Photos and story by Karen Zhou
As part of the 70th anniversary of the atomic bombings in Japan, three Japanese American groups in NYC (Japanese American Association, Japanese Americans & Japanese in America, JACL-NY Chapter) organized “Hibakusha Speak Out”. The organizers had two special guests, Mr. Tamotsu Sanada and Ms.Kodama Michiko, who are atomic bomb survivors or Hibakusha. They are with the group, Nihon Hidankyo, which is the only national organization of atomic bomb survivors of Hiroshima and Nagasaki in Japan. Since its founding in 1956, Nihon Hidankyo has worked for a total ban and abolition of nuclear weapons advocating for “not creating another Hibakusha again”.
The Hibakusha are in NYC for the 2015 Treaty on the Non-Proliferation of Nuclear Weapons (NPT) Review Conference. Since many Hibakusha are in their late 70s and 80s and traveling is getting harder for them; this may be their last visit to NYC. At the event they shared stories which included when the atomic bomb was dropped, what their family/friends went through, what happened afterwards and why they decided to speak out.
Mr. Tamotsu Sanada was the eldest son in a family of four kids raised by a single mother. He was 7 years old at the time when the atomic bomb dropped. He was playing with his younger brother and a 4-year-old relative in the streets. When the blast occurred, there was a loud bang and then fired started among the collapsed houses. Because Mr. Sanada and his brother were in the shade, they somehow survived without burns or visible injuries. Unfortunately, their 4-year-old relative who they were playing with suffered burns all over his body and passed away a few days.
Ms. Kodama Michiko experience was equally as emotional. She was also 7 years old and at the time was in second grade primary school. When the atomic bomb hit, she saw an immense flash and ceiling of the wooden school building collapsed with glass from the window scattered all around. Her father managed to go to her school and find her. They witnessed what she called “hell on earth.” She saw people with skin hideously burnt and peeling off and a mother heavily burnt all over her body, carrying a baby who was burnt like charcoal. Some people’s eyeballs had popped out, while others were trying to escape holding their own protruding intestines in their hands. People were shouting, “Give me water, water, water. . . .”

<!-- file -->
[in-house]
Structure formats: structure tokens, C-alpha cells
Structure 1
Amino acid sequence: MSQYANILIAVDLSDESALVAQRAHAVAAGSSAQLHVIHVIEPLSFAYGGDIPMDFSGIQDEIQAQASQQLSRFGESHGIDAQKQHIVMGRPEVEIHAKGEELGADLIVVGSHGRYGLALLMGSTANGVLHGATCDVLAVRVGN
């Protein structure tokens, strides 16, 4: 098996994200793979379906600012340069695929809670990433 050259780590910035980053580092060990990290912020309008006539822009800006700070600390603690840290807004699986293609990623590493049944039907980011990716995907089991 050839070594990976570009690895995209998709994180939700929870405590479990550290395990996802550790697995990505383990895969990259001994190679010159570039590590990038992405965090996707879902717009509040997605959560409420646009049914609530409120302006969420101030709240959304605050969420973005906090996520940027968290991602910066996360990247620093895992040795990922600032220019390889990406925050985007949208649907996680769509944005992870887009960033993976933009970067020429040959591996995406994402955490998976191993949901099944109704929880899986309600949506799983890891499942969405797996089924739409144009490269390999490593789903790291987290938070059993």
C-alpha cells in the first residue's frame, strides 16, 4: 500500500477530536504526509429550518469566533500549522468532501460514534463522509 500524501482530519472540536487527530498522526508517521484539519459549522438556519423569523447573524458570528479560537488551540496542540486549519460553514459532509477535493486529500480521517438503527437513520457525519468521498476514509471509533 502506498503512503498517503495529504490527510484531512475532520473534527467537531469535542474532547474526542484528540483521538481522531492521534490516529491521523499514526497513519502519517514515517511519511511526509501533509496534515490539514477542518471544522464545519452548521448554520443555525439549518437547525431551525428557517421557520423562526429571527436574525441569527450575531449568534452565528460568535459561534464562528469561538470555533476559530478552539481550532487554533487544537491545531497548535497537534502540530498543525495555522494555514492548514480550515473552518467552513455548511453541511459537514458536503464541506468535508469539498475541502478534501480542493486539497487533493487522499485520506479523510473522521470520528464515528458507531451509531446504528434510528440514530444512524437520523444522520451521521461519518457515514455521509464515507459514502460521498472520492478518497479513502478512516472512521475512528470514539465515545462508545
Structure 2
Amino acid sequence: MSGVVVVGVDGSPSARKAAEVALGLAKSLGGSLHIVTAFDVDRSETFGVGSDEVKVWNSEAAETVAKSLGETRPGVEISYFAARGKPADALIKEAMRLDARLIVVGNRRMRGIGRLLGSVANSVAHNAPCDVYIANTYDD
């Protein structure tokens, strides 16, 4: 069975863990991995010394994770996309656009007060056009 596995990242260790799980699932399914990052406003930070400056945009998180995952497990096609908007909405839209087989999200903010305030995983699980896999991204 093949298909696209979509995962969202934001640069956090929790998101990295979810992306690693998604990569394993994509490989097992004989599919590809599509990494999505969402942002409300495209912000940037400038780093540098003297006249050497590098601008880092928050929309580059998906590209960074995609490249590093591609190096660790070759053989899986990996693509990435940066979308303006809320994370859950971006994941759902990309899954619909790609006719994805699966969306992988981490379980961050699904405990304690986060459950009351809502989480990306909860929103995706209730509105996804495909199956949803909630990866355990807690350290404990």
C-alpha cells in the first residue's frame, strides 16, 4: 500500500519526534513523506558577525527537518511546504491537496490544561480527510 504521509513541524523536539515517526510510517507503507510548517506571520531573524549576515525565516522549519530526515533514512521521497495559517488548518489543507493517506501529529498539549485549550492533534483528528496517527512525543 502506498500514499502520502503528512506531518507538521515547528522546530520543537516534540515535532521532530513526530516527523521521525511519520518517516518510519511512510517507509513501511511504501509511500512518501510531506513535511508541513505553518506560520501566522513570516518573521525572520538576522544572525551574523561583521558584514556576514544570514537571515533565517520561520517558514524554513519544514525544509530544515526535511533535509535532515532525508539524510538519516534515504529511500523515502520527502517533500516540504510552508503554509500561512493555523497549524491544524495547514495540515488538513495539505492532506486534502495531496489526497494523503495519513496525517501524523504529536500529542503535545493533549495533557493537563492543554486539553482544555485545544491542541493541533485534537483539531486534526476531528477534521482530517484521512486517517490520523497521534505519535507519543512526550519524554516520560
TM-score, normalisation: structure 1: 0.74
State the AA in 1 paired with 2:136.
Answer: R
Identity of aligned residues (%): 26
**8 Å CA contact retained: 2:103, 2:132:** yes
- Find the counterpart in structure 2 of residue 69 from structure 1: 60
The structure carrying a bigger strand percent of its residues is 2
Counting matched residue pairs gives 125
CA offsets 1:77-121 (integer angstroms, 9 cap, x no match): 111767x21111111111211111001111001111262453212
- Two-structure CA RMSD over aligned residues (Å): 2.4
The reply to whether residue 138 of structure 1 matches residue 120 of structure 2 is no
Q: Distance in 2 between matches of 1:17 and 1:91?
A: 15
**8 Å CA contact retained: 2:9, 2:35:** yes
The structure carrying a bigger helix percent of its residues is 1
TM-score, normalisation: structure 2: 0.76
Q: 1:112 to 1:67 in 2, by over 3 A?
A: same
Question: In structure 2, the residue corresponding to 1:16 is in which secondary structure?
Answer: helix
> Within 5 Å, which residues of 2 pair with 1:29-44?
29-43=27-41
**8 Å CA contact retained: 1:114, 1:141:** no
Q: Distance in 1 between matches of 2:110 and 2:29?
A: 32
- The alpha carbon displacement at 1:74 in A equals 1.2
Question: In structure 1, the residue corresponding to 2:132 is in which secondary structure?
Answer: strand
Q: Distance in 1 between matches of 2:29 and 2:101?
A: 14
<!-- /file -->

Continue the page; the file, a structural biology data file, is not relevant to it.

Ms. Michiko’s dad managed to get her home but everything was destroyed. She saw “black rain” containing radioactive material fall inside their house. Two of her young cousins, ages 14 and 10 years old, passed away from severed injuries and health problems. Ms. Michiko would also get sick. Her hair started to fall out and her parents did everything they could to save her. Later her parents died of cancer but she survived and is extremely grateful for her parents’ love.
In later years, both Mr. Sanada and Ms. Michiko felt stigmatized by society for being a Hibakusha. Mr. Sanada says, “I was was treated as if I were contagious and should not get close to my classmates.” Each had difficulties finding both work and marriage partners.
Despite facing discrimination, Mr. Sanada and Ms. Michiko found partners of their own and were able to get married. Mr. Sanada’s baby was born premature; while Ms. Michiko’s daughter developed cancer and passed away. The loss for her daughter was really painful.
The Hibakusha’s mission is to convey peace. Speaking in Japanese, Mr. Sanada urged the audience, “let all the souls here rest in peace, we shall not repeat the error” to the deceased victims of Hiroshima and Nagasaki. . . Let us work together.” Echoing that message, Ms. Michiko summarized by saying, “to our ardent cry for no more Hibakusha!” Let us take a bold step forward to a world without nuclear weapons.”